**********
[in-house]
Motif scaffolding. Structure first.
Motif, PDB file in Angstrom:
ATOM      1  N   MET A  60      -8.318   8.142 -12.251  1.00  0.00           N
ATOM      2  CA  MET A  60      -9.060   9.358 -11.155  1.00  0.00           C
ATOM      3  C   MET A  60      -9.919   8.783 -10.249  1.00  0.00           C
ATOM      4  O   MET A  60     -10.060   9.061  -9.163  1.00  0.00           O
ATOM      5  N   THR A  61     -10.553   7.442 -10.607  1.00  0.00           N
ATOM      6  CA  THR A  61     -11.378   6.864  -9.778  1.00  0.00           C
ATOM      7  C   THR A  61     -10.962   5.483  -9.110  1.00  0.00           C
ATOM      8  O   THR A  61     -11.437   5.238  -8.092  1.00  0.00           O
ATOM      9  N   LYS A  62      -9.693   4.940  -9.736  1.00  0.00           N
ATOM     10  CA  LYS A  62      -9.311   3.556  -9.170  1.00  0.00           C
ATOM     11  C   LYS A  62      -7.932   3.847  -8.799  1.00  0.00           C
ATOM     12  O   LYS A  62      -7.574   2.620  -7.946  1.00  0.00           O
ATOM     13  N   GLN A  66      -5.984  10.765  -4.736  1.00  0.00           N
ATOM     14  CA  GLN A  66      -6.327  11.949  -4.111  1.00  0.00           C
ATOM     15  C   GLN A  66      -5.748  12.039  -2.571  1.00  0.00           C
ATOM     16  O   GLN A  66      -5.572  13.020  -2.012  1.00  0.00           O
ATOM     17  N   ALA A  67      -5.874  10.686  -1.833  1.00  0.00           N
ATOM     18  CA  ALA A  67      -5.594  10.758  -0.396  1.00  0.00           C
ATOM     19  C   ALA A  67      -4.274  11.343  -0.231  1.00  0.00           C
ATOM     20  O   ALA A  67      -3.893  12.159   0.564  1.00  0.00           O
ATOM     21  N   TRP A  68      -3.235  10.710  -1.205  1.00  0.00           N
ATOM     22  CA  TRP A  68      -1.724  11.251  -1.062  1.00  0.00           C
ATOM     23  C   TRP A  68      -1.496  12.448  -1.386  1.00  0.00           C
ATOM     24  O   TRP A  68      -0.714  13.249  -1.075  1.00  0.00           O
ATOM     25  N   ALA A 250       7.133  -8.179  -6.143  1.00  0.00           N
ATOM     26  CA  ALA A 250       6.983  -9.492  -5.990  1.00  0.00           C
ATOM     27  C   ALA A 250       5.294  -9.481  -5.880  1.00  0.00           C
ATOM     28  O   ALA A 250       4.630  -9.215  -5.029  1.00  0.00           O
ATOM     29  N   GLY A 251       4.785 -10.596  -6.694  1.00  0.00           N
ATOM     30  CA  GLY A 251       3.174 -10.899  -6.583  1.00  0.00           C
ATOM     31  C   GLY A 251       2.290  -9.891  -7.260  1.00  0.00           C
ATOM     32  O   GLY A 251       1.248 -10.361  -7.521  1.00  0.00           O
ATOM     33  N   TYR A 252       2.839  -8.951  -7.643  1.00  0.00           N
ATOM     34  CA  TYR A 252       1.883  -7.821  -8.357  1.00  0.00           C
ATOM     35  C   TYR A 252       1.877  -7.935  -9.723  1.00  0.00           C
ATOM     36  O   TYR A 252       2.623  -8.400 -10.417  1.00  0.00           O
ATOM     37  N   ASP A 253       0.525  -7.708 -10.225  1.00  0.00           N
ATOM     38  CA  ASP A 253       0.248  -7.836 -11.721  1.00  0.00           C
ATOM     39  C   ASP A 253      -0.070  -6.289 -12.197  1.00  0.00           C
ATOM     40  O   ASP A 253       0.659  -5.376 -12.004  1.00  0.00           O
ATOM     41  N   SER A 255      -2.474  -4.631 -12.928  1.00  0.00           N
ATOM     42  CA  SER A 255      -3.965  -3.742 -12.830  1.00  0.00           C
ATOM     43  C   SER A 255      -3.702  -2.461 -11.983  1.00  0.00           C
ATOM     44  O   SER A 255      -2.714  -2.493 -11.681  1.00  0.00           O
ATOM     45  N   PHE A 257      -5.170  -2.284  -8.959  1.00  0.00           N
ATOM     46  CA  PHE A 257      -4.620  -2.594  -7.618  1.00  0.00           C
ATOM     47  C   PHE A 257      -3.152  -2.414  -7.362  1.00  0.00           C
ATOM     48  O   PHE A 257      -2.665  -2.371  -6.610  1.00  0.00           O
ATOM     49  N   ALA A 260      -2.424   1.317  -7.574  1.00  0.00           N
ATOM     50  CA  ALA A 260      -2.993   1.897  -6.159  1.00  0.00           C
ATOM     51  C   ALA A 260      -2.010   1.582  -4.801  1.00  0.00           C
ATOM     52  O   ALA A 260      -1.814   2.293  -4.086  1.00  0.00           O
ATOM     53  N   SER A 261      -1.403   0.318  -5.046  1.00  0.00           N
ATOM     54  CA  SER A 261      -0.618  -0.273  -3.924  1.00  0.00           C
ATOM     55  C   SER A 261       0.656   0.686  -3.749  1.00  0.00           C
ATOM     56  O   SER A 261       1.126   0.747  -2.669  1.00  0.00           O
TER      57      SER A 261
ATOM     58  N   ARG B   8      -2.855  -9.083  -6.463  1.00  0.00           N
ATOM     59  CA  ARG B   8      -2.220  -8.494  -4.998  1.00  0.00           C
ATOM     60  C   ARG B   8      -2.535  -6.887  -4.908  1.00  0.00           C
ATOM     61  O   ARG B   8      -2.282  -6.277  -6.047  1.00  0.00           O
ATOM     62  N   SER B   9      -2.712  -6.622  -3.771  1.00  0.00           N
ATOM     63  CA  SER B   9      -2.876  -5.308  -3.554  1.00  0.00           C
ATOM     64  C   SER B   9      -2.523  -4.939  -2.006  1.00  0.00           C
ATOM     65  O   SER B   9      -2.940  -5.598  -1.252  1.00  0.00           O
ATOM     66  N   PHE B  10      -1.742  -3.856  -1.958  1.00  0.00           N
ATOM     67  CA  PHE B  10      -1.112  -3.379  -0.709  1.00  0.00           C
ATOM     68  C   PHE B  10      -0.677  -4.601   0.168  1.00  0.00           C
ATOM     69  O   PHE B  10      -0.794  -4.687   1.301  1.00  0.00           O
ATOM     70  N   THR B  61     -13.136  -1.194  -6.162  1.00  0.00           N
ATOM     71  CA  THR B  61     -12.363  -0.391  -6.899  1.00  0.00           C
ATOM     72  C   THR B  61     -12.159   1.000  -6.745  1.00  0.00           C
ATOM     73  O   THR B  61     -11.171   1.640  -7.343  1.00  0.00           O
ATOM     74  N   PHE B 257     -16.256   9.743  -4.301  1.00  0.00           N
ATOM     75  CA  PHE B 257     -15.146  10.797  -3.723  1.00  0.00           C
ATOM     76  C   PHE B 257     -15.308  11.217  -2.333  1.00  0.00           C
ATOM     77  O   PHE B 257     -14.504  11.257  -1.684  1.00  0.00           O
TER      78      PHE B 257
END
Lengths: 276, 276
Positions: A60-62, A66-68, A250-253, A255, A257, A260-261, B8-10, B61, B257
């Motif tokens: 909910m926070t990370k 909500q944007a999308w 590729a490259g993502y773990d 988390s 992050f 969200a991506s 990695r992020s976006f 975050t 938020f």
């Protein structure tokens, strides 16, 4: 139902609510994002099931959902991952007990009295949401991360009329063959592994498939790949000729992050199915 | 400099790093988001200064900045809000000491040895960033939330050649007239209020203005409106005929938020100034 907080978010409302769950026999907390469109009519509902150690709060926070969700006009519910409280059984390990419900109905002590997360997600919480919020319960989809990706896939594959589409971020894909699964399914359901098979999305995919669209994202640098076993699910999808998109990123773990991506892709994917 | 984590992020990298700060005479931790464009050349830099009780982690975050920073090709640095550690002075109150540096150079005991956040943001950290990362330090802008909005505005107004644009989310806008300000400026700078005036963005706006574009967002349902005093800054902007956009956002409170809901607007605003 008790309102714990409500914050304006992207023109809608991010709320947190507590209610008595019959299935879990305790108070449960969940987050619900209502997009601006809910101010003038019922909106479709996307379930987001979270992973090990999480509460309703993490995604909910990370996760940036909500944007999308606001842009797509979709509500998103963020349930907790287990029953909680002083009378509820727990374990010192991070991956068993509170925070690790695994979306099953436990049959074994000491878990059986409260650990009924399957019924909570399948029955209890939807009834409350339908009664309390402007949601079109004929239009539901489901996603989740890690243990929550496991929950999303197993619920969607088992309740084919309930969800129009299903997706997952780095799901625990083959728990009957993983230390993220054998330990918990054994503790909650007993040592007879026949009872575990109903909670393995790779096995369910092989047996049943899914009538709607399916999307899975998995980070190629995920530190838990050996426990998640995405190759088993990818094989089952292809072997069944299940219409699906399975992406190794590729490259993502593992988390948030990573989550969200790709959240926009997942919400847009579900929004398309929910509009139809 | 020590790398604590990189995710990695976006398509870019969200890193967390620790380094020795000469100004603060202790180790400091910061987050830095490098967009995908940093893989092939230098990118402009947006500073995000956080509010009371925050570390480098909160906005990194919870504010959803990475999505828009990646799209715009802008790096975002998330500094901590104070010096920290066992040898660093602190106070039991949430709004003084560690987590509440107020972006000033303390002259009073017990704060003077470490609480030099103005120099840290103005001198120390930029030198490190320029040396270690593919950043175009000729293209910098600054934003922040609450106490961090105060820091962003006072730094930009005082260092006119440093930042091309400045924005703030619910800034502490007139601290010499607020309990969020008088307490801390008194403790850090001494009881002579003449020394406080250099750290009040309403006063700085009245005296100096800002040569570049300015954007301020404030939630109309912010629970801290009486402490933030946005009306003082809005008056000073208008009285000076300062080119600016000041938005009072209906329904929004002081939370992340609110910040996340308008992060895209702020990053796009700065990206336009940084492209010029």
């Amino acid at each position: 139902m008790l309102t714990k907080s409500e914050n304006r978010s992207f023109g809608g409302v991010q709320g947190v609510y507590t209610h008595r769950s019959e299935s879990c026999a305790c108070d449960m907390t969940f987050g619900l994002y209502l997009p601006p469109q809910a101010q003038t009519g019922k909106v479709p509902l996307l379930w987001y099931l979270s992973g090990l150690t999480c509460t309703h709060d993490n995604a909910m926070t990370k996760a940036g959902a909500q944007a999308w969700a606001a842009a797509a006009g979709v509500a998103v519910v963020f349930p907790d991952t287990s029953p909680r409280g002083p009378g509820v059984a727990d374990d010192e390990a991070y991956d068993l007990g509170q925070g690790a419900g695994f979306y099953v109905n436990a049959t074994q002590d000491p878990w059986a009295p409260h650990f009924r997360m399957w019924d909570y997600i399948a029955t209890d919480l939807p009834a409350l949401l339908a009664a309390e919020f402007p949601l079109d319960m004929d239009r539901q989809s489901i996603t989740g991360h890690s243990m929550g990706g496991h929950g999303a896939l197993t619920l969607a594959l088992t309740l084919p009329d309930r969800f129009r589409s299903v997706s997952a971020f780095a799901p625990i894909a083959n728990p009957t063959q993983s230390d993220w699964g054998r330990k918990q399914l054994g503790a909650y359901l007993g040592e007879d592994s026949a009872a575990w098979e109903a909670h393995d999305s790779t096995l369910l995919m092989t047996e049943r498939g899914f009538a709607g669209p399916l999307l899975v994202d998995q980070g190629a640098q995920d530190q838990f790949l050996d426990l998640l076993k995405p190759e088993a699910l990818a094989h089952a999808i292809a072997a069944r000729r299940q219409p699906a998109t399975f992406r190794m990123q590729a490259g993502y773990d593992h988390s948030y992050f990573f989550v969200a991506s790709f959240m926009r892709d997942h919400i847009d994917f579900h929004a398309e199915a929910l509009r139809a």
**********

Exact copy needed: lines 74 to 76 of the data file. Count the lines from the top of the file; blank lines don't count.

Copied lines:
ATOM     71  CA  THR B  61     -12.363  -0.391  -6.899  1.00  0.00           C
ATOM     72  C   THR B  61     -12.159   1.000  -6.745  1.00  0.00           C
ATOM     73  O   THR B  61     -11.171   1.640  -7.343  1.00  0.00           O